His ninth studio album, 1975’s Young Americans, moved away from the glam rock style of Bowie’s previous albums. Instead, it highlighted his newfound interests in soul and R&B. The album featured a roster of funk and soul musical talents that included guitarist Carlos Alomar and a young Luther Vandross. Young Americans was a complete change for Bowie and showed off how diverse of a talent he had become. The album’s exuberant dance floor-filler single “Fame” reached No. 1 on the Billboard charts, which was co-written by the iconic Beatles frontman John Lennon.

1976-1979: The Berlin Era

After living in Los Angeles, CA for a while, the artist spiraled out of control with a cocaine addiction. Bowie decided on a change of scenery and followed the burgeoning German music scene to West Berlin. While in Berlin, he cleaned up and revitalized his career – once again.

He worked with famed producer Brian Eno while sharing an apartment with punk rock legend Iggy Pop. His idea of musical composition shifted, and he began to focus on minimalist, ambient music for his next three albums. Bowie moved away from narration in his songwriting to a more abstract musical form. Song’s lyrics became sporadic and even optional at times. The three albums Bowie made in Germany are Low, “Heroes” and Lodger, and became known as his Berlin Trilogy.

1980’s Bowie – Let’s Dance and a Collab With Queen

Bowie went into the ’80s by transforming his music once again, and even collaborated with another famous British rock group. The Starman himself paired with Queen for 1981’s one-off single, “Under Pressure.” The duet with Queen’s iconic lead singer, Freddie Mercury, shot up the charts. It became Bowie’s third UK No. 1 single.

Following his Queen collaboration, Bowie reached the peak of his popularity and commercial success with his 15th studio album. 1983’s Let’s Dance is Bowie’s highest-selling album of all time. The album earned platinum status in both the UK and America. The three singles off the album all became Top 20 hits in both countries, and the title track reached No. 1.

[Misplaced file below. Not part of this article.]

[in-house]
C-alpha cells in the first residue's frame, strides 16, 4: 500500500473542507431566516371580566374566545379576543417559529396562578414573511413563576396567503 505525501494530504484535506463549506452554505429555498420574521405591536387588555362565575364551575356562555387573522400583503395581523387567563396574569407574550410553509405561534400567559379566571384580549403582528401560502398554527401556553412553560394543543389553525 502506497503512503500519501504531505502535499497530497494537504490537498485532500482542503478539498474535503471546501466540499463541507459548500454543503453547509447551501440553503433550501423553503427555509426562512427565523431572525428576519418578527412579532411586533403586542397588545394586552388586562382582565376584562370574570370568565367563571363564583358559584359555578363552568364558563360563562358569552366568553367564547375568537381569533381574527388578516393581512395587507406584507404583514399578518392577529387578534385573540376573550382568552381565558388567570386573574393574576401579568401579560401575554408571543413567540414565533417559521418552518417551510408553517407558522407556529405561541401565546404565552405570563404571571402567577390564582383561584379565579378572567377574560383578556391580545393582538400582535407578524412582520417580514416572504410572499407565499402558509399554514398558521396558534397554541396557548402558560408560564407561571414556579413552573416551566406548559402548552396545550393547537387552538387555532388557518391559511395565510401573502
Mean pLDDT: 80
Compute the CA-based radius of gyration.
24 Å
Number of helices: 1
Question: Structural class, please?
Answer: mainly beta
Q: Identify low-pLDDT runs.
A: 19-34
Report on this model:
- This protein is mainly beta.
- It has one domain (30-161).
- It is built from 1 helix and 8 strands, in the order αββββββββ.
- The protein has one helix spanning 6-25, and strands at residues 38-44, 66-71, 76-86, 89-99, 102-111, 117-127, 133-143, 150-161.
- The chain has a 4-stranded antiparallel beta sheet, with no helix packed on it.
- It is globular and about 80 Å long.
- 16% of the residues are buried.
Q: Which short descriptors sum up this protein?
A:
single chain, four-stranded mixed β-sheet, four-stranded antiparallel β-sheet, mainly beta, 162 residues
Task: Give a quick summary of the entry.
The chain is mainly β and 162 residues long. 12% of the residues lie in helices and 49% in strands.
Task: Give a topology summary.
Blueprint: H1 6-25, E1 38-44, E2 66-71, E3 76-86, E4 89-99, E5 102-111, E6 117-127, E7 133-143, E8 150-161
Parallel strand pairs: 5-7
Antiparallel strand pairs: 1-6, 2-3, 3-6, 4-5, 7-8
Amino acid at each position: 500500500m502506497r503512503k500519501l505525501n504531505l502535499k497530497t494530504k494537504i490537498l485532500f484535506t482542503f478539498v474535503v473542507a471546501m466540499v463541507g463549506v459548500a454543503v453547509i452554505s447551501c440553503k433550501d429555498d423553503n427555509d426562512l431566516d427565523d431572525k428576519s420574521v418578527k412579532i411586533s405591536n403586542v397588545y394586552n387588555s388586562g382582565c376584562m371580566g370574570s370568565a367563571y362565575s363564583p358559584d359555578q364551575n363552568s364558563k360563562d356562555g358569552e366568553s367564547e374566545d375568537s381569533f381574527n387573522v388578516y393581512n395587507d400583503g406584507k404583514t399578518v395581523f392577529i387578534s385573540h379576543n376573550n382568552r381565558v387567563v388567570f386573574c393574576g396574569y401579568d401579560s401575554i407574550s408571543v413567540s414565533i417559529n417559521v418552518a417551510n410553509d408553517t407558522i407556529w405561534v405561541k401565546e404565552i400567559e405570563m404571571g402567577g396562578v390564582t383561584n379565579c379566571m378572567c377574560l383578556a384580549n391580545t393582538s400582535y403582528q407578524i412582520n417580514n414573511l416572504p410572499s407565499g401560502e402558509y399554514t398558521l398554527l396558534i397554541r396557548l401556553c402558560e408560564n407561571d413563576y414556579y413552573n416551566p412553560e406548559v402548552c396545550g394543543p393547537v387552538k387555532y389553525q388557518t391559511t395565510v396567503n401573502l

For arguably the first time since he was a teenager, Bowie embraced the mainstream on Let’s Dance. The album followed and excelled at utilizing many of the musical trends often heard in ’80s pop. Many consider the album to be Bowie at his absolute best musically. That said, some consider this to be the last great period of his music career. Rolling Stone later called this “the conclusion of arguably the greatest 14-year run in rock history.”

Blackstar – The Last Days of David Bowie

Bowie continued to release albums throughout the next few decades to mixed reviews. Yet, a surprise album release on Bowie’s 69th birthday saw Bowie continue to explore new sounds. His jazz-induced journey on Blackstar – his 25th and final studio album – stunned fans and was met with critical acclaim.

He even shot a music video for the title track, which released in unison with the new album. A blindfolded Bowie offered words on both life and death; a foreshadowing of his own death that shook fans only two days later on Jan. 10, 2016. Bowie had been fighting a private battle with cancer and passed away at age 69. Music writer Graeme Thomson summed up how millions of Bowie’s fans felt after hearing of David Bowie’s abrupt death.

“We were so thrilled to have him back, we failed to notice he was saying goodbye,” Thomson wrote.